I am writing this in my home office with a 23 inch flat panel monitor and an ergonomic keyboard while sitting in an ergonomic chair.
I have lots of other screens in the house that I could be doing this on.
In our basement TV room, I’ve got older laptop that I sometimes use to look up stuff on IMDB. On the main floor, I’ve got a Google Chrome netbook with a 10 inch screen and an OK but small keyboard. I also usually bring home from work my new iPad and Logitech keyboard/cover that has a smaller keyboard. In the master bathroom I have a Kindle Fire that I often use to read in the hot tub. And I have a Samsung Epic with a sliding keyboard. (I’m not bragging here. I got the netbook as part of Google’s Chrome beta and I won the Kindle as a door prize at a conference. Plus the jets on the hot tub haven’t worked in years.)
So why did I choose to write these few hundred words on a full-featured Windows 7 system?
Well I guess the first reason is I’m a Boomer. I grew up with full-size keyboards (and blew my wrists out on a crappy Compaq laptop back in the ‘90s) and can type 70+ words a minute on them. If I were a Millennial, I probably wouldn’t even have a home office setup.
Plus in my home office, I have the computer (a hot ASUS laptop) connected to a real stereo system so Spotify sounds great and I can crank it up while listening to the latest albums recommended by Rolling Stone (again, a Boomer). I can also more easily multitask doing things like digitizing my old record albums (yes, I’m pathetic) or printing off a draft of my latest book (glad you asked: It’s called The Infinite Pipeline: How to Master Social Media for Business-to-Business Sales Success and it’s available at http://bit.ly/InfPipe).
Why Other Screens Don’t Make It
Here are the rest of my screens, in descending order of uselessness for real work.
I have fat fingers and that’s why my smart phone has a keyboard. I can compose a few lines for a text message or quick Facebook post, but I can’t get into flow. The phone is good when I’m out and about but I’d never do serious work on it.
Due to fat fingers, the virtual keyboard on the Kindle is infuriating, as is the Kindle itself. It’s so close to being a usable tablet and yet, not so much. Selecting text is a horrible struggle, yet I’m able to accidentally select the whole passage I’m typing and type over it quite easily. As an experiment, I brought the Kindle as my only screen when I went to a trade show. After doing the dance of the disappearing text three times while composing an email, I gave up and waited until I was back in my room in the safety of my laptop.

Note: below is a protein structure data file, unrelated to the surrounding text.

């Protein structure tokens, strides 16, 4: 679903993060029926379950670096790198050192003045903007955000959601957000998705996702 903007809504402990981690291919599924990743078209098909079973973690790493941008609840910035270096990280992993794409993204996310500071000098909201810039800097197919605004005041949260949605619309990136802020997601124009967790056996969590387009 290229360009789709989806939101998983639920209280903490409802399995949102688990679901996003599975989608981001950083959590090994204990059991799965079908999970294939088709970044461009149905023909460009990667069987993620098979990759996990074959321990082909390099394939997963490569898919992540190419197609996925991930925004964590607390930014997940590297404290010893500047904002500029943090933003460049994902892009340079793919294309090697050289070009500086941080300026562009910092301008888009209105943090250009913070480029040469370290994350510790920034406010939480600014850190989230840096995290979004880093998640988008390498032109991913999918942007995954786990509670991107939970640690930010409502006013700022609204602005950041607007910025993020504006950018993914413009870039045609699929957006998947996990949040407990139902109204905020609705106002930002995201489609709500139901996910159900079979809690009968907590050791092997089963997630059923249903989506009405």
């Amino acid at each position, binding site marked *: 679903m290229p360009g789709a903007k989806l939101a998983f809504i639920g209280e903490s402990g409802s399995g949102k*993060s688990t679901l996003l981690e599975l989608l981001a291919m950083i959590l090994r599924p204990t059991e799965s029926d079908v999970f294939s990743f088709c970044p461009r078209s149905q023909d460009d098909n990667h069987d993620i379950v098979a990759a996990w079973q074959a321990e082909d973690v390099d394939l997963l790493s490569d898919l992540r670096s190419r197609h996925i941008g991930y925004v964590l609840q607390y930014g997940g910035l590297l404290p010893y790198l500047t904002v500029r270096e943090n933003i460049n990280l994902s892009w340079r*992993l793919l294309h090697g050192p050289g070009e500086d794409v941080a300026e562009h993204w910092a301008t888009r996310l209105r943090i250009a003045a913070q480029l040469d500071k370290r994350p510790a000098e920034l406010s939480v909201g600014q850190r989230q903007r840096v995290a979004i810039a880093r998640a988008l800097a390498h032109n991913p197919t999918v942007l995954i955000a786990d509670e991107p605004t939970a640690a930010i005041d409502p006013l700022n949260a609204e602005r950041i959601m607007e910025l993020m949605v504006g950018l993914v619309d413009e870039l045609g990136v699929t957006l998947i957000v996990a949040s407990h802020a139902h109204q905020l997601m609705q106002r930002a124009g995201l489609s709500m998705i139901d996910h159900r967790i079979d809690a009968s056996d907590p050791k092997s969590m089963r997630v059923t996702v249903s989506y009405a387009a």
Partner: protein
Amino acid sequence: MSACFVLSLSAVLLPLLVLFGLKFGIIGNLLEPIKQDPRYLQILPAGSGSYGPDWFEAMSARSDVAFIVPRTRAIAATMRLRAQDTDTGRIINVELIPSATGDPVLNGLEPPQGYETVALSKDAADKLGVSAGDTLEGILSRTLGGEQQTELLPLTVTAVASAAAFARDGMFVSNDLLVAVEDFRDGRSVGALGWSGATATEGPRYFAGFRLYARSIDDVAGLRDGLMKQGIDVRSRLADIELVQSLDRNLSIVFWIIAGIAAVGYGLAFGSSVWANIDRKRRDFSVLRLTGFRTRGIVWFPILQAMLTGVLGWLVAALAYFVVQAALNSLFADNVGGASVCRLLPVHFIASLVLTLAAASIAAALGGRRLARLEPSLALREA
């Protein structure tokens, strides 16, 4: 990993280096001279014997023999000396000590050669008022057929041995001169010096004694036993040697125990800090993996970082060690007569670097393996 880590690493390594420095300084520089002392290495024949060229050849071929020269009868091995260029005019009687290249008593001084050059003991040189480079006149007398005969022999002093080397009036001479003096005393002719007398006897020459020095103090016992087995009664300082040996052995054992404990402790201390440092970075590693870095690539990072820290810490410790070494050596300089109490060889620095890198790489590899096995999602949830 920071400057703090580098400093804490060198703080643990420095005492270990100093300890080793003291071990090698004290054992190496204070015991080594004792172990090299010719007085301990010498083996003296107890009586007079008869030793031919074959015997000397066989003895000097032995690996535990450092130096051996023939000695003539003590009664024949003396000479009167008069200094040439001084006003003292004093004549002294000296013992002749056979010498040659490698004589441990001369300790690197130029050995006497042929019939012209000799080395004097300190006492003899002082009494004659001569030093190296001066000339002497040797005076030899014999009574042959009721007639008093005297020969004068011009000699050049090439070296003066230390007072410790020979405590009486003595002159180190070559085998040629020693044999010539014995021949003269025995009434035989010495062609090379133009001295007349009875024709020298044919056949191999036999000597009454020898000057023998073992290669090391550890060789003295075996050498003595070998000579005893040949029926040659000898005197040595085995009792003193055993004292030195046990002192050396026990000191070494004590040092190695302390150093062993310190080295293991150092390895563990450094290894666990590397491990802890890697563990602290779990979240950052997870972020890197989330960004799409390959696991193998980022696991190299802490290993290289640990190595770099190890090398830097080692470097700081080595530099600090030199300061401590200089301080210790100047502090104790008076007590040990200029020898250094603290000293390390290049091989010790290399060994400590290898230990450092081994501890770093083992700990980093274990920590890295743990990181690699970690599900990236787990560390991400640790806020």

The Kindle is a good eReader, though, and it’s nice to be able to quickly check my email (once again, I’m a Boomer) or Facebook while engaged in other activities.
The old laptop in the basement runs Windows Vista, Microsoft’s biggest mistake since Millennium Edition (ME). The laptop runs hot and I haven’t paid to install the Microsoft Office Suite on it so I use Open Office. Open Office is all right, but there are some quirks and incompatibilities that often bug me. Plus the couch is old and not conducive to long stretches of work.
The iPad with the fantastic Logitech keyboard is a new addition and I really do like the iPad. The keyboard is usable and I can touch type on it. But the iPad lacks an easy and quick way to transfer files (sorry, uploading and downloading from the cloud is no alternative to quickly running a file off on a USB drive) and I’m not interested in buying iWorks or another app to have limited MS Word editing functionality.
Before the iPad, the Chrome netbook was my go-to mobile solution. It has a 10 inch screen with decent readability and it’s not glossy like the iPad’s so I can actually use it while sitting out on the porch. The fact that everything has to run in a browser is a bit of a limitation, though. I’ve grown to love Microsoft’s SkyDrive, which gives you plenty of cloud storage and pretty decent cloud-based versions of the Office suite.
I couldn’t edit the book on the Chrome though because SkyDrive doesn’t handle complex or large documents all that well. Infinite Pipeline is 192 pages long with lots of charts and images. My attempts to write or edit the book document via SkyDrive were frustrating. The cloud is still not a replacement for installed software, in my opinion.
That said, I’ve done a lot of work on the netbook and it pretty much has supplanted the old notebook in the basement. Its battery runs for longer than pretty much any of my other mobile screens and the keyboard, despite lacking Caps Lock functionality out of the box, has some interesting features such as dedicated last page, next page and window switching buttons.
So I’ve got lots of options, but none of them run Photoshop; none of them have a large display useful for video editing; and only the Windows-based screens can access my local network, where all my stuff is, including almost 700GB of my digitized CD and vinyl collection (saved uncompressed as WAV files).
Plus, and here’s a big drawback, some of these screens don’t work at all without a wireless connection. Sprint service is horrible at my house, so my phone has to use the Wi-Fi a lot. The Kindle needs Wi-Fi but it is abysmal at connecting and staying connected. I’ve only had the iPad a couple of weeks, and it’s got Verizon LTE 4G connectivity (for a ridiculously expensive $60 a month) and haven’t yet had a problem with connectivity. The Chrome netbook has Wi-Fi and came with a special free 100MB per month Verizon 3G account that I understand is going to end soon. Without the 3G, the netbook’s usefulness is constrained by access to free Wi-Fi when I’m out and about.
So for writing a thousand words, the full-featured laptop/home office situation is best. For mobile, I’m liking the iPad more and more. The real test will be when I want to take notes (I take copious notes) at a trade show or conference.
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